• We also discussed training  and resources for making disciples and planting churches.
All in all it was two hours well spent. We both ended the conversation informed, encouraged, and connected. And staying connected was the reason for the conversation in the first place.

(You can also read Pete's notes on this meeting.)

    Eaton Ford (day) - Practicing praise

    Paul read 1 Peter 3:8-12 and we thought about the difficulty of forgiving, how easy it is to hold a grudge. Even though we know we shouldn't do it, Praise logosometimes it's hard and we wrestle with ourselves.

    We talked about friends who need prayer because of illness or other issues in their lives. And Roger raised the subject of praise; he said that we need to practice praise so that it becomes natural to us. The principle is similar to CS Lewis's description in 'The Great Divorce' of a persistent grumbler who runs the risk of eventually becoming, not a grumbler, but in fact merely a grumble. If we are persistent praisers perhaps we can finally attain the state of being a praise!

    Roger read Psalm 138 and I mentioned that we don't belong to ourselves, nor do we belong to the world, but we belong to one another and of course we belong to the Lord. Paul prayed for the Tough Talk meeting on Saturday week, then I referred to verse 8 and said that the Lord will fulfill his purpose for Paul, for Roger, and for me. Whatever he plans in our lives he will do. Referring to verse 3, Roger added that he will make all his people bold and stout hearted. We prayed for more of our friends.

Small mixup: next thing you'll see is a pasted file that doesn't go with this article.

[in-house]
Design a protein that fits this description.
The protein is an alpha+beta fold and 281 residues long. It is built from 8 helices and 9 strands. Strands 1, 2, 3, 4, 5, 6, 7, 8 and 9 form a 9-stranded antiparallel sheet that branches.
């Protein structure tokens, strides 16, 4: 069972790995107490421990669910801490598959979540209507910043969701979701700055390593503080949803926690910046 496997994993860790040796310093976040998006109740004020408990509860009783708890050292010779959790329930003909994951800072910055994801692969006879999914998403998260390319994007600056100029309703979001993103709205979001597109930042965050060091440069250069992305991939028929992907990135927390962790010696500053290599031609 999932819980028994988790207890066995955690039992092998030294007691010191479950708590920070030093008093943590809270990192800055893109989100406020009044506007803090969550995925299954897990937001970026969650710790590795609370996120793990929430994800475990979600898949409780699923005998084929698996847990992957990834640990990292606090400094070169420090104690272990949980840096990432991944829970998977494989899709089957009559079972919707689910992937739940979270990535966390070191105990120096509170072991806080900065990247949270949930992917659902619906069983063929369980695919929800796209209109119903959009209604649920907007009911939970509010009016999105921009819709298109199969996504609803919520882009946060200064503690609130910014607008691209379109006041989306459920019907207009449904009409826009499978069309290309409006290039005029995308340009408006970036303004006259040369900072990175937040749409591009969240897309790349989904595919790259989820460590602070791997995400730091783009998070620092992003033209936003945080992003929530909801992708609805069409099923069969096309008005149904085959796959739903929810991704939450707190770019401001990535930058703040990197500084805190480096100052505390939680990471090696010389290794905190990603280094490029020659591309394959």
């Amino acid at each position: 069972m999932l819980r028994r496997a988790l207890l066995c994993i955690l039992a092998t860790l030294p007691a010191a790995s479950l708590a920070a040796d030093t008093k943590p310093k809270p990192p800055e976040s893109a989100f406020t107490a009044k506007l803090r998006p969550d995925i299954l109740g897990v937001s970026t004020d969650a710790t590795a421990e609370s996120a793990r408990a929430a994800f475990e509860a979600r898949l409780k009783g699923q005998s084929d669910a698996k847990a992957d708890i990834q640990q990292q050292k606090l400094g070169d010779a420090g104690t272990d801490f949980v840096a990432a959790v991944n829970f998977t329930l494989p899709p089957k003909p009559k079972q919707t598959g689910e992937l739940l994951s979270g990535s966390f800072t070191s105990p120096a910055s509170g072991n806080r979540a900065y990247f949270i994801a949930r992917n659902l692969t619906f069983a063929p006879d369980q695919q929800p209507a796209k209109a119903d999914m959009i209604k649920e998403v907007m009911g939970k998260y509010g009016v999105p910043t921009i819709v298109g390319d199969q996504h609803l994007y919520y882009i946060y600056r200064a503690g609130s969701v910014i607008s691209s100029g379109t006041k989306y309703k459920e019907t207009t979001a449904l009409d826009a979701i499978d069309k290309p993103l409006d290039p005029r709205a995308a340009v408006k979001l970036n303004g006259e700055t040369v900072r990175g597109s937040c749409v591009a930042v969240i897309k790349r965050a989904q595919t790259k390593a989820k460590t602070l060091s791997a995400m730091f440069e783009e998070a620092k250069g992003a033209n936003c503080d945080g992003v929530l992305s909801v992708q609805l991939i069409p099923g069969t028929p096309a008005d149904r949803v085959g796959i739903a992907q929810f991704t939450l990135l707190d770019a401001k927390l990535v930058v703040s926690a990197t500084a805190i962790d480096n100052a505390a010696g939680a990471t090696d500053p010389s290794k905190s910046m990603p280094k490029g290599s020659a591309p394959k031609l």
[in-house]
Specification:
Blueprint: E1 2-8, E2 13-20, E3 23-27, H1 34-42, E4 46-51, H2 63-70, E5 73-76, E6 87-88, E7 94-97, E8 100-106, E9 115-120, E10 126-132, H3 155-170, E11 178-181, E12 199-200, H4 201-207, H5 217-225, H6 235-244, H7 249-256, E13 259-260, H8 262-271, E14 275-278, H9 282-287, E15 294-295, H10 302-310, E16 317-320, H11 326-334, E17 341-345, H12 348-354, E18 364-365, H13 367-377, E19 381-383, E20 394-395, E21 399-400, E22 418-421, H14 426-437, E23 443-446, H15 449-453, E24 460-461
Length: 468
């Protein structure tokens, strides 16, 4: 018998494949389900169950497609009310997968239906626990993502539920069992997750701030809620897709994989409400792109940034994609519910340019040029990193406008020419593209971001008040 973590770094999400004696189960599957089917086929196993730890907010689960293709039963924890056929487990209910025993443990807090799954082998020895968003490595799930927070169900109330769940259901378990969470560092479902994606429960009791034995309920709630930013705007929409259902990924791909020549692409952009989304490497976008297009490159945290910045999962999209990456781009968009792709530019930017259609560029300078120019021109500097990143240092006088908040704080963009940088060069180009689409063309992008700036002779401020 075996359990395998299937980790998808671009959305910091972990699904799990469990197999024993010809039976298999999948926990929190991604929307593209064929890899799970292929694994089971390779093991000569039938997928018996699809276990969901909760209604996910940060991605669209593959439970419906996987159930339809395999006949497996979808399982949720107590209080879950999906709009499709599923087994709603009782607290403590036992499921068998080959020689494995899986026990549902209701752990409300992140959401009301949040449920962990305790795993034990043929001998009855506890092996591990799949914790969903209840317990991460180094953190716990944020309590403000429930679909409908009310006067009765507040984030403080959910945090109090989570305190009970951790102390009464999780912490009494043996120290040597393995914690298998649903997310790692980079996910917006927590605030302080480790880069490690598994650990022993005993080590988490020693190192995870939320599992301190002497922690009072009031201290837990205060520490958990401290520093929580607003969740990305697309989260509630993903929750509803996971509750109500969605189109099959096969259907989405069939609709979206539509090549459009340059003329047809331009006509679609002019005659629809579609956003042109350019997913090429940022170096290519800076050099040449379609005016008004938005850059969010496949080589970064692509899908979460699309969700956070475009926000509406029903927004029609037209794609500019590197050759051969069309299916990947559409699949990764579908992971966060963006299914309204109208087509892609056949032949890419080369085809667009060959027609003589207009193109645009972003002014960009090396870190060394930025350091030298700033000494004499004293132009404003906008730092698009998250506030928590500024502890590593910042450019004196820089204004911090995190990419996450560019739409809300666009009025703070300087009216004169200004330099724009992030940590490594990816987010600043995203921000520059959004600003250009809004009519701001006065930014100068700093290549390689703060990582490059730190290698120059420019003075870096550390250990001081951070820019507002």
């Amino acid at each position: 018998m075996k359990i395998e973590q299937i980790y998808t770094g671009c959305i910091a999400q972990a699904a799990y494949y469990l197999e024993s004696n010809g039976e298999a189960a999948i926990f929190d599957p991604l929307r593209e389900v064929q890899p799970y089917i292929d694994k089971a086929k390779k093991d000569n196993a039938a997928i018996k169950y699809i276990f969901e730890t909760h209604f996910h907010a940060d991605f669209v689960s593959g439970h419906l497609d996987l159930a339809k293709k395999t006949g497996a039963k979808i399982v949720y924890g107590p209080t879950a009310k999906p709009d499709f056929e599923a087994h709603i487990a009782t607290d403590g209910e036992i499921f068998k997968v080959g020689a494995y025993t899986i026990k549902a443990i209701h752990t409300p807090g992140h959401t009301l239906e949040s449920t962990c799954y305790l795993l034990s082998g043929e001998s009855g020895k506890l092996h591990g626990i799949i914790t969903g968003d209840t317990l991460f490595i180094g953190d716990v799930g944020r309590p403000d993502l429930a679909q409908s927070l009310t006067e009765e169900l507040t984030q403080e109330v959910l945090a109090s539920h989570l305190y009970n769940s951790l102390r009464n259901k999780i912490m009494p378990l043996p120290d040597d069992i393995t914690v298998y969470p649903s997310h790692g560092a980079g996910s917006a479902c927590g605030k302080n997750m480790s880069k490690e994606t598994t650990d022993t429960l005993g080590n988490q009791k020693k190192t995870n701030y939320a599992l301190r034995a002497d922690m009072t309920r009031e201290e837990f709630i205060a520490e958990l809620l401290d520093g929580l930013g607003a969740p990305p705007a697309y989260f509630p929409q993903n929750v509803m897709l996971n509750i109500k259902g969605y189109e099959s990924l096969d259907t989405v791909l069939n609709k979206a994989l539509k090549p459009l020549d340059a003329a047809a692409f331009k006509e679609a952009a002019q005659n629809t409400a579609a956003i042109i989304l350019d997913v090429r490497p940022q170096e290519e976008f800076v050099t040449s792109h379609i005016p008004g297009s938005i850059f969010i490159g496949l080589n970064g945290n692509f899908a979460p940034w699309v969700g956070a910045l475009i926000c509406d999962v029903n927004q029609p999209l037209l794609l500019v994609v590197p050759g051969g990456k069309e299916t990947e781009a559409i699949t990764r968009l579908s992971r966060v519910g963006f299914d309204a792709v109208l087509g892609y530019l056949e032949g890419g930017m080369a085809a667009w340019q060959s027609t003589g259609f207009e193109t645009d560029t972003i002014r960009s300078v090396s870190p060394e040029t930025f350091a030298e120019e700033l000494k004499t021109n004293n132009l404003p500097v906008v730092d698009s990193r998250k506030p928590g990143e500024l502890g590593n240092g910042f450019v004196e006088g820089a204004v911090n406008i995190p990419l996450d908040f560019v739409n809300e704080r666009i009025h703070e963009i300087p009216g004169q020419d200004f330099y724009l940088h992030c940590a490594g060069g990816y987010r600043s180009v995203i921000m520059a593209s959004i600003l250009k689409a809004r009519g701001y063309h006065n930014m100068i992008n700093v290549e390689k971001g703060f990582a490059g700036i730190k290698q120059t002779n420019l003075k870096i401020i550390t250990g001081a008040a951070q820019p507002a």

We thought about  the fact that there are two kinds of 'knowing' or relationship. For knowing in the mind reason, knowledge, and persuasion are the tools we need. But we need different tools for knowing people in the heart, they are things such as mercy, compassion, and love. Paul added feeling and understanding to the list. We need these to 'be there' for people, to understand how they feel.

    03 December 2009

    Eaton Ford - Small groups

    Jim was working very late today, Paul was unwell, and Mary couldn't make it so it was just Sean and me meeting this evening.

    We discussed the ideal size for groups of people sharing their lives together and thought that between twelve and twenty is the natural maximum. Greek icon of the twelve apostlesYahshua called twelve men to follow him and we know there were women who also followed him, so there is good precedent for twenty or so as a maximum. Larger numbers would make it difficult for people to relate closely and personally with one another. It's a good size for any kind of team - in business, sport, and it's typically the size of an extended family.